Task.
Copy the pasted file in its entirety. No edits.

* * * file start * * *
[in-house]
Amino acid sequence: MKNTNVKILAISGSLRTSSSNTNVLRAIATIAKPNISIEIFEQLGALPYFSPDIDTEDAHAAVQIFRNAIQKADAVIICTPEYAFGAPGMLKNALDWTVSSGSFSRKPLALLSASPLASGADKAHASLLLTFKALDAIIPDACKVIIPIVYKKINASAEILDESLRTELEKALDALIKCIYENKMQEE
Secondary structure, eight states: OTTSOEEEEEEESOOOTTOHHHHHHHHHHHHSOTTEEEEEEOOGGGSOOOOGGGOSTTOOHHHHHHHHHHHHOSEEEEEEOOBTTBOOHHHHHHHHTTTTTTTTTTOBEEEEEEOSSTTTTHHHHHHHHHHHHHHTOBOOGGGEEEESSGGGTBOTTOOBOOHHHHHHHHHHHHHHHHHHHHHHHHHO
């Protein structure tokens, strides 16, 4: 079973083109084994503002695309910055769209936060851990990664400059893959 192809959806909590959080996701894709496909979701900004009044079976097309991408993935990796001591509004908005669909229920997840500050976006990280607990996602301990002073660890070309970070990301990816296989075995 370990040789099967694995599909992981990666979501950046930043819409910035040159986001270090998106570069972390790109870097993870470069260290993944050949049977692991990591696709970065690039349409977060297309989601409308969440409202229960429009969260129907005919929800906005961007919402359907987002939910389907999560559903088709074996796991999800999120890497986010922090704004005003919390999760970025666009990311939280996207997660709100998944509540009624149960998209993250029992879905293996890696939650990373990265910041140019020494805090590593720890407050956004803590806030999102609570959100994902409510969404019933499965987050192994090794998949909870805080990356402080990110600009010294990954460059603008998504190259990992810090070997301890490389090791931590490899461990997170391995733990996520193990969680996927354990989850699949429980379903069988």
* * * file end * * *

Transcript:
[in-house]
Amino acid sequence: MKNTNVKILAISGSLRTSSSNTNVLRAIATIAKPNISIEIFEQLGALPYFSPDIDTEDAHAAVQIFRNAIQKADAVIICTPEYAFGAPGMLKNALDWTVSSGSFSRKPLALLSASPLASGADKAHASLLLTFKALDAIIPDACKVIIPIVYKKINASAEILDESLRTELEKALDALIKCIYENKMQEE
Secondary structure, eight states: OTTSOEEEEEEESOOOTTOHHHHHHHHHHHHSOTTEEEEEEOOGGGSOOOOGGGOSTTOOHHHHHHHHHHHHOSEEEEEEOOBTTBOOHHHHHHHHTTTTTTTTTTOBEEEEEEOSSTTTTHHHHHHHHHHHHHHTOBOOGGGEEEESSGGGTBOTTOOBOOHHHHHHHHHHHHHHHHHHHHHHHHHO
């Protein structure tokens, strides 16, 4: 079973083109084994503002695309910055769209936060851990990664400059893959 192809959806909590959080996701894709496909979701900004009044079976097309991408993935990796001591509004908005669909229920997840500050976006990280607990996602301990002073660890070309970070990301990816296989075995 370990040789099967694995599909992981990666979501950046930043819409910035040159986001270090998106570069972390790109870097993870470069260290993944050949049977692991990591696709970065690039349409977060297309989601409308969440409202229960429009969260129907005919929800906005961007919402359907987002939910389907999560559903088709074996796991999800999120890497986010922090704004005003919390999760970025666009990311939280996207997660709100998944509540009624149960998209993250029992879905293996890696939650990373990265910041140019020494805090590593720890407050956004803590806030999102609570959100994902409510969404019933499965987050192994090794998949909870805080990356402080990110600009010294990954460059603008998504190259990992810090070997301890490389090791931590490899461990997170391995733990996520193990969680996927354990989850699949429980379903069988």